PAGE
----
The short one ponders. “That’s a good point. We did say we were going to meet up again. Maybe I’ll call the girl in my story May.”
“Or you can call her June and meet her in Summer Street.”
“Oh yeah, I can set the story in Boston instead of New York.”
“Yes,” the tall one says. “Driving all the way to Boston instead of just taking the subway would make it an even weirder coincidence. But maybe you shouldn’t use Vivian Winters either?”
The short one thinks about this. “Well okay. Maybe I should use the name Autumn for someone I dated in the fall. But where do I run into her then?”
“Remember in grad school there was a bookstore called Autumn Leaves?”
The two of them had gone to writing school together at Cornell, and there was indeed a used bookstore in the outdoor Commons there called Autumn Leaves. Setting the story in Ithaca gives the idea more texture, especially when the guy and the girl encounter each other at an outdoor mall in one of the coldest places in the country. The guy becomes a lonely graduate student in his first year at Cornell who runs into this girl Autumn at Autumn Leaves Bookstore a few weeks after the October when she broke his heart. This makes him realize that he could never go to the bookstore anymore, since it’s a small town and they both love books, so the chances of him running into her are too high.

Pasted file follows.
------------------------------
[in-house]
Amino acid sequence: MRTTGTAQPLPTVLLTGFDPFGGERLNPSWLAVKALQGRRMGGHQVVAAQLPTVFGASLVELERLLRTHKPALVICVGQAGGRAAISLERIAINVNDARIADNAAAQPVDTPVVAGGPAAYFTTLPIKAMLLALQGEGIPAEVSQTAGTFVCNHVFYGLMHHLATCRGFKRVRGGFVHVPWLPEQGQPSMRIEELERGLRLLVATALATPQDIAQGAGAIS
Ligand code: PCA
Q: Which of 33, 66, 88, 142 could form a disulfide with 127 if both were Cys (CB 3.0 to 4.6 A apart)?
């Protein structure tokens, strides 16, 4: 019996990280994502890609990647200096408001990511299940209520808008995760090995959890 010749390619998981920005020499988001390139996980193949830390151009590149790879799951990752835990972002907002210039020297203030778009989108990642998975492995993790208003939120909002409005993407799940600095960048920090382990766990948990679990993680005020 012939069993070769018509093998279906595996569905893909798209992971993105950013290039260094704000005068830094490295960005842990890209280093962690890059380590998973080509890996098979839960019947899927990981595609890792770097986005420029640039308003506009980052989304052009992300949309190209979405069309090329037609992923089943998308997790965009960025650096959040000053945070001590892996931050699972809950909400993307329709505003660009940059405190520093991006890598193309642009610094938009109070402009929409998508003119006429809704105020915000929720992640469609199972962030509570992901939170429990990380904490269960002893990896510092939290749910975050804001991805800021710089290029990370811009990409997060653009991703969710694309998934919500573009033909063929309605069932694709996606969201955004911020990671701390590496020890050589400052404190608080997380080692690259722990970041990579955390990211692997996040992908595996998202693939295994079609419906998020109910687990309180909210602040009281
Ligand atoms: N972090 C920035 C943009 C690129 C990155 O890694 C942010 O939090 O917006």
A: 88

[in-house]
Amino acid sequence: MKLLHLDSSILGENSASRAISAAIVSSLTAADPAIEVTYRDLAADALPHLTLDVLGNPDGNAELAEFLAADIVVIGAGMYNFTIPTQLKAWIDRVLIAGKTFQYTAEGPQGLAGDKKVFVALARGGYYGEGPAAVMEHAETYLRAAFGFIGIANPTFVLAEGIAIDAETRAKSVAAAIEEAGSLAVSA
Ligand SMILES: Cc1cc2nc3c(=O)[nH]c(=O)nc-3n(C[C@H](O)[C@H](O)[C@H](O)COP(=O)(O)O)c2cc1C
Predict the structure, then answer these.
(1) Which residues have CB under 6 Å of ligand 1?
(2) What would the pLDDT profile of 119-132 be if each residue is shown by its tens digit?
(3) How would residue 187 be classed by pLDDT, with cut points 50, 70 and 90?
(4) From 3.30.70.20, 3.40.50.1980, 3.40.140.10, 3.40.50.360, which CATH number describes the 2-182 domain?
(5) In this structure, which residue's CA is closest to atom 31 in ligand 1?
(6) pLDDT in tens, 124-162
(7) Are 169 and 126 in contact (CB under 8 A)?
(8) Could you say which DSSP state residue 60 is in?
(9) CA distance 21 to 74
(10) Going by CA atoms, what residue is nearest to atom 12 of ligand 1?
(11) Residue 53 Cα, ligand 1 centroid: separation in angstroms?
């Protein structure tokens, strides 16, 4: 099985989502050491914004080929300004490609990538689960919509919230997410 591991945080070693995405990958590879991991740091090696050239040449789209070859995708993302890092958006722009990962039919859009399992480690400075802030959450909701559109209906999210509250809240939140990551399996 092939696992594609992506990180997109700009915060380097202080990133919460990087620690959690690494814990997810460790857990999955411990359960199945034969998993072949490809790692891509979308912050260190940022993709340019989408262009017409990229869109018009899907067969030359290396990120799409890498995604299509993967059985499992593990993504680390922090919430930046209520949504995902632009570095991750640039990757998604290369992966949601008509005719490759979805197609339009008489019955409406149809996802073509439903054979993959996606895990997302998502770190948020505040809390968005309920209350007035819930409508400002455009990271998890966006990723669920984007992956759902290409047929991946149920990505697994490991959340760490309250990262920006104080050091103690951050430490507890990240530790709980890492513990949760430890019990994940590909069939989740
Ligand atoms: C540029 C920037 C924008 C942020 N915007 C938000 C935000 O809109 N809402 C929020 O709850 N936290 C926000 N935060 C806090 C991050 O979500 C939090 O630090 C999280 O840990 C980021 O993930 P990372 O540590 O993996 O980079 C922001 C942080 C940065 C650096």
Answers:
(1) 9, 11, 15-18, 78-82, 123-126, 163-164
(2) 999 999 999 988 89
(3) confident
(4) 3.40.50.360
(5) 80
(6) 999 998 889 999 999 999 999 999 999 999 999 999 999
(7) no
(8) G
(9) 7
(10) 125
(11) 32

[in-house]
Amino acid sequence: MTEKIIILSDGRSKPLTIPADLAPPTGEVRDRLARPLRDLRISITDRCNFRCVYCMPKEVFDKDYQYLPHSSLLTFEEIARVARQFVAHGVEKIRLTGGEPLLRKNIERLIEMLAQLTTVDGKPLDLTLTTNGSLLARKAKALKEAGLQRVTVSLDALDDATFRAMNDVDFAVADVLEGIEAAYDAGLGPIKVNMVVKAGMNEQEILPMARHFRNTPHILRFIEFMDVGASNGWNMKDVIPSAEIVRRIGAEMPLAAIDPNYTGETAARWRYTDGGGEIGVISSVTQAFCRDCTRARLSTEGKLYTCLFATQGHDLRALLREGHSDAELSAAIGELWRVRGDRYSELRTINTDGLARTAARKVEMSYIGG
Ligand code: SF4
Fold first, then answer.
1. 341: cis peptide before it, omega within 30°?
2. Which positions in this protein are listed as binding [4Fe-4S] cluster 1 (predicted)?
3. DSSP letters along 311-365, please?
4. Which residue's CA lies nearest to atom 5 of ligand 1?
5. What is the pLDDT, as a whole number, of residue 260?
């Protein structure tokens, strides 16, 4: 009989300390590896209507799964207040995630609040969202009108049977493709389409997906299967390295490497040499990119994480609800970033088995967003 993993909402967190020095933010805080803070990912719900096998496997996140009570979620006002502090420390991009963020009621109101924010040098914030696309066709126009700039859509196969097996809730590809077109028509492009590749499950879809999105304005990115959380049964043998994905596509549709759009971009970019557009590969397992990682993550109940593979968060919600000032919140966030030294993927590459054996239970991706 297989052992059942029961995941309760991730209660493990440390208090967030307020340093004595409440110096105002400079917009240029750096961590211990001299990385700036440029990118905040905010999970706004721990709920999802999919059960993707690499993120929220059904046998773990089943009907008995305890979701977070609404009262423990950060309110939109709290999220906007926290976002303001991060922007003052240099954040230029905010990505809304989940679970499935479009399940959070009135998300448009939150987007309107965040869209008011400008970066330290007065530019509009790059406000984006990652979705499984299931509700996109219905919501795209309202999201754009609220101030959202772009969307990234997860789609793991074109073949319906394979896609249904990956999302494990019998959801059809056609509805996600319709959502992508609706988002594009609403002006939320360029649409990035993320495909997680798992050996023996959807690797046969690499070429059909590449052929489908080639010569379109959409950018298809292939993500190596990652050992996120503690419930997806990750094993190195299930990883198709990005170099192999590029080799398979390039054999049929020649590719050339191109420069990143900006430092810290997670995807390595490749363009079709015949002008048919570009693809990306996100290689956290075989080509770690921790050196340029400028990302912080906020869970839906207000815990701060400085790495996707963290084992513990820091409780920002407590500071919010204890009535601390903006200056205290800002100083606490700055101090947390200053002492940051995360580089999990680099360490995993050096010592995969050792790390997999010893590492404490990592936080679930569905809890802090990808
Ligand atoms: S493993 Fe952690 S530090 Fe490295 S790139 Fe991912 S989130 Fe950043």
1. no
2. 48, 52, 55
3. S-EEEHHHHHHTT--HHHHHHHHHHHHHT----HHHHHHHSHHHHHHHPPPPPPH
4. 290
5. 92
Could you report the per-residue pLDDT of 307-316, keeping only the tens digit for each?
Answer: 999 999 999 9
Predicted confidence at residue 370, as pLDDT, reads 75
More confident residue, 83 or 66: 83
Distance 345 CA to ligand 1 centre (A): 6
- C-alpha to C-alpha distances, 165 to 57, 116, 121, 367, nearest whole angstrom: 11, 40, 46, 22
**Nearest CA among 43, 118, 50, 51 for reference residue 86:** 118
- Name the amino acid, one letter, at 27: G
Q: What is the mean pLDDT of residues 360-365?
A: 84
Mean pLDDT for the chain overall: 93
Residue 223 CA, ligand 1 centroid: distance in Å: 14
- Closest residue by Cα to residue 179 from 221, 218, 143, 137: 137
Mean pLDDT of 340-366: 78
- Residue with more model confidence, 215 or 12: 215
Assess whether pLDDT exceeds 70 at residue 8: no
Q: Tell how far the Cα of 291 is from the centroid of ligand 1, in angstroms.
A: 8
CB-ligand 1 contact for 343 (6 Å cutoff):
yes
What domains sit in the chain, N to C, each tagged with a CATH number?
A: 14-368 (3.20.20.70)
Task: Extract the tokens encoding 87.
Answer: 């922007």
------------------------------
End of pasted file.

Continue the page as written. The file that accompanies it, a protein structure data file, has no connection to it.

“Isn’t naming her Autumn too... on the nose though?” the tall one asks. “What if her name is September?”
“Okay that’s good. Then the bookstore encounter gives him the motivation to go take a long weekend trip to Boston,” the tall one says, the beer in his hand almost sloshing with his expansive gesture.